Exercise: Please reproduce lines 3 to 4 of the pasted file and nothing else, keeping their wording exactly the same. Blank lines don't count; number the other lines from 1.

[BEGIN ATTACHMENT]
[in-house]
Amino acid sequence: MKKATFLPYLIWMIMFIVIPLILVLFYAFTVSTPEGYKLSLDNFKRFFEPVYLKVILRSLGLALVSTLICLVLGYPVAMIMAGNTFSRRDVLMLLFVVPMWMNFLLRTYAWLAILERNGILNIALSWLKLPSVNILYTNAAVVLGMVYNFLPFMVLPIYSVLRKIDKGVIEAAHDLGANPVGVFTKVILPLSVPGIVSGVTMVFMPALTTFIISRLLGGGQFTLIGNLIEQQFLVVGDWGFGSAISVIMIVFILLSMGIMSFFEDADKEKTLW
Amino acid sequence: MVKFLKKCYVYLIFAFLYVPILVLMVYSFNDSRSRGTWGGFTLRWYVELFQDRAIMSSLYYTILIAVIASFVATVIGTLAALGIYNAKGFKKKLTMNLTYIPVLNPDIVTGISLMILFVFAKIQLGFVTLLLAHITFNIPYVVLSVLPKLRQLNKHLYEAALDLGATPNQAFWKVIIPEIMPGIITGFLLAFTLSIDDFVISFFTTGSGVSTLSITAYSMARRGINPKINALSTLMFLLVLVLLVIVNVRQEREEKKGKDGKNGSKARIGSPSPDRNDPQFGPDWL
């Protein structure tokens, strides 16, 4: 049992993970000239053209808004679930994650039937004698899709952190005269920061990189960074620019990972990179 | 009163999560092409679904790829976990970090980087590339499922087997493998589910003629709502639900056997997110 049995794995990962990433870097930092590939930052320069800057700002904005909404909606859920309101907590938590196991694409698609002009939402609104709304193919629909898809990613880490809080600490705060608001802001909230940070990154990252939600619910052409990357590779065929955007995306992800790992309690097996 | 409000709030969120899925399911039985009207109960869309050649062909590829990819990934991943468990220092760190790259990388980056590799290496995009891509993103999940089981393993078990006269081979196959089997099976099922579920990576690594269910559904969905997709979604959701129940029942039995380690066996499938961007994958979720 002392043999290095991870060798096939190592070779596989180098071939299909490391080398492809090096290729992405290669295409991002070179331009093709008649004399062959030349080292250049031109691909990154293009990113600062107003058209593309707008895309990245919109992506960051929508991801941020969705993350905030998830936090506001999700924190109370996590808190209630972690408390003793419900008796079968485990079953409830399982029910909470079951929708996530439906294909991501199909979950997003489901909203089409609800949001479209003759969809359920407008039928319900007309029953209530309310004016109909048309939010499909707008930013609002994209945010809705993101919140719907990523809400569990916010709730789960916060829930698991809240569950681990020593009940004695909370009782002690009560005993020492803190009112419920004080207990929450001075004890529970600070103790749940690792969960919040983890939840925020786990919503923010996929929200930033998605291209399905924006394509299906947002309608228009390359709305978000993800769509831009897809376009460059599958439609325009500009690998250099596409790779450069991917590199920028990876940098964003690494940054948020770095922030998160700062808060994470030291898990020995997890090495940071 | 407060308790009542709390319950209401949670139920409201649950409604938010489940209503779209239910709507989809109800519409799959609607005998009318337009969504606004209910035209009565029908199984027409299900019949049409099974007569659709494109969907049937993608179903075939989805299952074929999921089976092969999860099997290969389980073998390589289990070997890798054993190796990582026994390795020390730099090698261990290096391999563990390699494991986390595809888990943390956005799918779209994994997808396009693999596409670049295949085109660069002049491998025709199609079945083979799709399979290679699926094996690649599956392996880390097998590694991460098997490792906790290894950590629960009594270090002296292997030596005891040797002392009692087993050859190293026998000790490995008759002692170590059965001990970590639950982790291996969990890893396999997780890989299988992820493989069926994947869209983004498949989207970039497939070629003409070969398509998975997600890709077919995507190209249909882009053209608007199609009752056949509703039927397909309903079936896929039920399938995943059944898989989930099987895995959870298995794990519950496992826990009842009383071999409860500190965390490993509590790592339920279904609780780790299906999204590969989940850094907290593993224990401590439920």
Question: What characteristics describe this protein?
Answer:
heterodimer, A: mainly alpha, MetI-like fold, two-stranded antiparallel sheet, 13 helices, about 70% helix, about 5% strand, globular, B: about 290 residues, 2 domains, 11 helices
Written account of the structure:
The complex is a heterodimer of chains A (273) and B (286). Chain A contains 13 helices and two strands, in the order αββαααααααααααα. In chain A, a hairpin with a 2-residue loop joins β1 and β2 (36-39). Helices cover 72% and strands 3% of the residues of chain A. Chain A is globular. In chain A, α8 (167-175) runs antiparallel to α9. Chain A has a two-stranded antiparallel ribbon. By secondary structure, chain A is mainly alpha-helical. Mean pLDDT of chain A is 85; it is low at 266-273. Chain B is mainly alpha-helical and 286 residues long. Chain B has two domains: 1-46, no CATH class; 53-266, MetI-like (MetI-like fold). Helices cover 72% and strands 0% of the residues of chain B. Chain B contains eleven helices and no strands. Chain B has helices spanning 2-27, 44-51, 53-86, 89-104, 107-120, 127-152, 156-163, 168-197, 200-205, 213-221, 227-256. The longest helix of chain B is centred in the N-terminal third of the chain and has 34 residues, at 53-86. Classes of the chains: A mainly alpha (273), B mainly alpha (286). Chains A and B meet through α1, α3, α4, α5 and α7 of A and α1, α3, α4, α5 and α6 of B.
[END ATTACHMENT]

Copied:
Amino acid sequence: MVKFLKKCYVYLIFAFLYVPILVLMVYSFNDSRSRGTWGGFTLRWYVELFQDRAIMSSLYYTILIAVIASFVATVIGTLAALGIYNAKGFKKKLTMNLTYIPVLNPDIVTGISLMILFVFAKIQLGFVTLLLAHITFNIPYVVLSVLPKLRQLNKHLYEAALDLGATPNQAFWKVIIPEIMPGIITGFLLAFTLSIDDFVISFFTTGSGVSTLSITAYSMARRGINPKINALSTLMFLLVLVLLVIVNVRQEREEKKGKDGKNGSKARIGSPSPDRNDPQFGPDWL
């Protein structure tokens, strides 16, 4: 049992993970000239053209808004679930994650039937004698899709952190005269920061990189960074620019990972990179 | 009163999560092409679904790829976990970090980087590339499922087997493998589910003629709502639900056997997110 049995794995990962990433870097930092590939930052320069800057700002904005909404909606859920309101907590938590196991694409698609002009939402609104709304193919629909898809990613880490809080600490705060608001802001909230940070990154990252939600619910052409990357590779065929955007995306992800790992309690097996 | 409000709030969120899925399911039985009207109960869309050649062909590829990819990934991943468990220092760190790259990388980056590799290496995009891509993103999940089981393993078990006269081979196959089997099976099922579920990576690594269910559904969905997709979604959701129940029942039995380690066996499938961007994958979720 002392043999290095991870060798096939190592070779596989180098071939299909490391080398492809090096290729992405290669295409991002070179331009093709008649004399062959030349080292250049031109691909990154293009990113600062107003058209593309707008895309990245919109992506960051929508991801941020969705993350905030998830936090506001999700924190109370996590808190209630972690408390003793419900008796079968485990079953409830399982029910909470079951929708996530439906294909991501199909979950997003489901909203089409609800949001479209003759969809359920407008039928319900007309029953209530309310004016109909048309939010499909707008930013609002994209945010809705993101919140719907990523809400569990916010709730789960916060829930698991809240569950681990020593009940004695909370009782002690009560005993020492803190009112419920004080207990929450001075004890529970600070103790749940690792969960919040983890939840925020786990919503923010996929929200930033998605291209399905924006394509299906947002309608228009390359709305978000993800769509831009897809376009460059599958439609325009500009690998250099596409790779450069991917590199920028990876940098964003690494940054948020770095922030998160700062808060994470030291898990020995997890090495940071 | 407060308790009542709390319950209401949670139920409201649950409604938010489940209503779209239910709507989809109800519409799959609607005998009318337009969504606004209910035209009565029908199984027409299900019949049409099974007569659709494109969907049937993608179903075939989805299952074929999921089976092969999860099997290969389980073998390589289990070997890798054993190796990582026994390795020390730099090698261990290096391999563990390699494991986390595809888990943390956005799918779209994994997808396009693999596409670049295949085109660069002049491998025709199609079945083979799709399979290679699926094996690649599956392996880390097998590694991460098997490792906790290894950590629960009594270090002296292997030596005891040797002392009692087993050859190293026998000790490995008759002692170590059965001990970590639950982790291996969990890893396999997780890989299988992820493989069926994947869209983004498949989207970039497939070629003409070969398509998975997600890709077919995507190209249909882009053209608007199609009752056949509703039927397909309903079936896929039920399938995943059944898989989930099987895995959870298995794990519950496992826990009842009383071999409860500190965390490993509590790592339920279904609780780790299906999204590969989940850094907290593993224990401590439920």